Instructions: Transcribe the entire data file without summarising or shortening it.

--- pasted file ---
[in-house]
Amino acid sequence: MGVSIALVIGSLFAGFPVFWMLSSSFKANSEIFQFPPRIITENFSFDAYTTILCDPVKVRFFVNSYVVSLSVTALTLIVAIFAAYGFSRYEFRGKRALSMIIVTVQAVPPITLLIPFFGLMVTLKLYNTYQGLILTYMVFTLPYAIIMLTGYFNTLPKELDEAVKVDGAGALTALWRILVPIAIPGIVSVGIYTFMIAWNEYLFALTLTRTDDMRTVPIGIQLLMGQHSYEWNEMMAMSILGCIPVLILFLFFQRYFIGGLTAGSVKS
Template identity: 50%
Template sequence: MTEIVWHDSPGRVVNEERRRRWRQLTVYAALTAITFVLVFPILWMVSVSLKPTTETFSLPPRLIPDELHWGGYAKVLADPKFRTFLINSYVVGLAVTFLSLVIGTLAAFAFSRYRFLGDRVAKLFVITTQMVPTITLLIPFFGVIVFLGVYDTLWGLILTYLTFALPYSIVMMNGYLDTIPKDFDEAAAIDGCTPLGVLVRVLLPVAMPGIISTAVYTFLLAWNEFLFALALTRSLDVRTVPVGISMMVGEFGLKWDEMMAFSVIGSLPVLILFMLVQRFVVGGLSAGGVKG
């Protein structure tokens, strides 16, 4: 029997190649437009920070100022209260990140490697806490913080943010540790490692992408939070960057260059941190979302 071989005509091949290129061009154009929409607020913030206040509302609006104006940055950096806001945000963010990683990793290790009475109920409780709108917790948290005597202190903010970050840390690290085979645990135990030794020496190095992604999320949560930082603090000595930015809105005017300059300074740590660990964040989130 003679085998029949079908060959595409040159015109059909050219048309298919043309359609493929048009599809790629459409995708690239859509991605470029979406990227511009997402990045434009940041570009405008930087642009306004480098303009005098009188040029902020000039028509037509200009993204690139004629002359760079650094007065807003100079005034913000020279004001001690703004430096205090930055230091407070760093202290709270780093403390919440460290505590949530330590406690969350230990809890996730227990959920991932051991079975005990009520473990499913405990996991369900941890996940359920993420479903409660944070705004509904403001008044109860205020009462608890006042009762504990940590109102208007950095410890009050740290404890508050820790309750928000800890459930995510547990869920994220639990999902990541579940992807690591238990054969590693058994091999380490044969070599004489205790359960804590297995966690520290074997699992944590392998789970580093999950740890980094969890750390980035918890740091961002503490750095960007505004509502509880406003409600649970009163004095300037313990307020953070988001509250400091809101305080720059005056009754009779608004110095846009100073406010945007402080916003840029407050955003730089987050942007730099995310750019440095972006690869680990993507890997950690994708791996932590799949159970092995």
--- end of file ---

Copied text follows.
[in-house]
Amino acid sequence: MGVSIALVIGSLFAGFPVFWMLSSSFKANSEIFQFPPRIITENFSFDAYTTILCDPVKVRFFVNSYVVSLSVTALTLIVAIFAAYGFSRYEFRGKRALSMIIVTVQAVPPITLLIPFFGLMVTLKLYNTYQGLILTYMVFTLPYAIIMLTGYFNTLPKELDEAVKVDGAGALTALWRILVPIAIPGIVSVGIYTFMIAWNEYLFALTLTRTDDMRTVPIGIQLLMGQHSYEWNEMMAMSILGCIPVLILFLFFQRYFIGGLTAGSVKS
Template identity: 50%
Template sequence: MTEIVWHDSPGRVVNEERRRRWRQLTVYAALTAITFVLVFPILWMVSVSLKPTTETFSLPPRLIPDELHWGGYAKVLADPKFRTFLINSYVVGLAVTFLSLVIGTLAAFAFSRYRFLGDRVAKLFVITTQMVPTITLLIPFFGVIVFLGVYDTLWGLILTYLTFALPYSIVMMNGYLDTIPKDFDEAAAIDGCTPLGVLVRVLLPVAMPGIISTAVYTFLLAWNEFLFALALTRSLDVRTVPVGISMMVGEFGLKWDEMMAFSVIGSLPVLILFMLVQRFVVGGLSAGGVKG
């Protein structure tokens, strides 16, 4: 029997190649437009920070100022209260990140490697806490913080943010540790490692992408939070960057260059941190979302 071989005509091949290129061009154009929409607020913030206040509302609006104006940055950096806001945000963010990683990793290790009475109920409780709108917790948290005597202190903010970050840390690290085979645990135990030794020496190095992604999320949560930082603090000595930015809105005017300059300074740590660990964040989130 003679085998029949079908060959595409040159015109059909050219048309298919043309359609493929048009599809790629459409995708690239859509991605470029979406990227511009997402990045434009940041570009405008930087642009306004480098303009005098009188040029902020000039028509037509200009993204690139004629002359760079650094007065807003100079005034913000020279004001001690703004430096205090930055230091407070760093202290709270780093403390919440460290505590949530330590406690969350230990809890996730227990959920991932051991079975005990009520473990499913405990996991369900941890996940359920993420479903409660944070705004509904403001008044109860205020009462608890006042009762504990940590109102208007950095410890009050740290404890508050820790309750928000800890459930995510547990869920994220639990999902990541579940992807690591238990054969590693058994091999380490044969070599004489205790359960804590297995966690520290074997699992944590392998789970580093999950740890980094969890750390980035918890740091961002503490750095960007505004509502509880406003409600649970009163004095300037313990307020953070988001509250400091809101305080720059005056009754009779608004110095846009100073406010945007402080916003840029407050955003730089987050942007730099995310750019440095972006690869680990993507890997950690994708791996932590799949159970092995």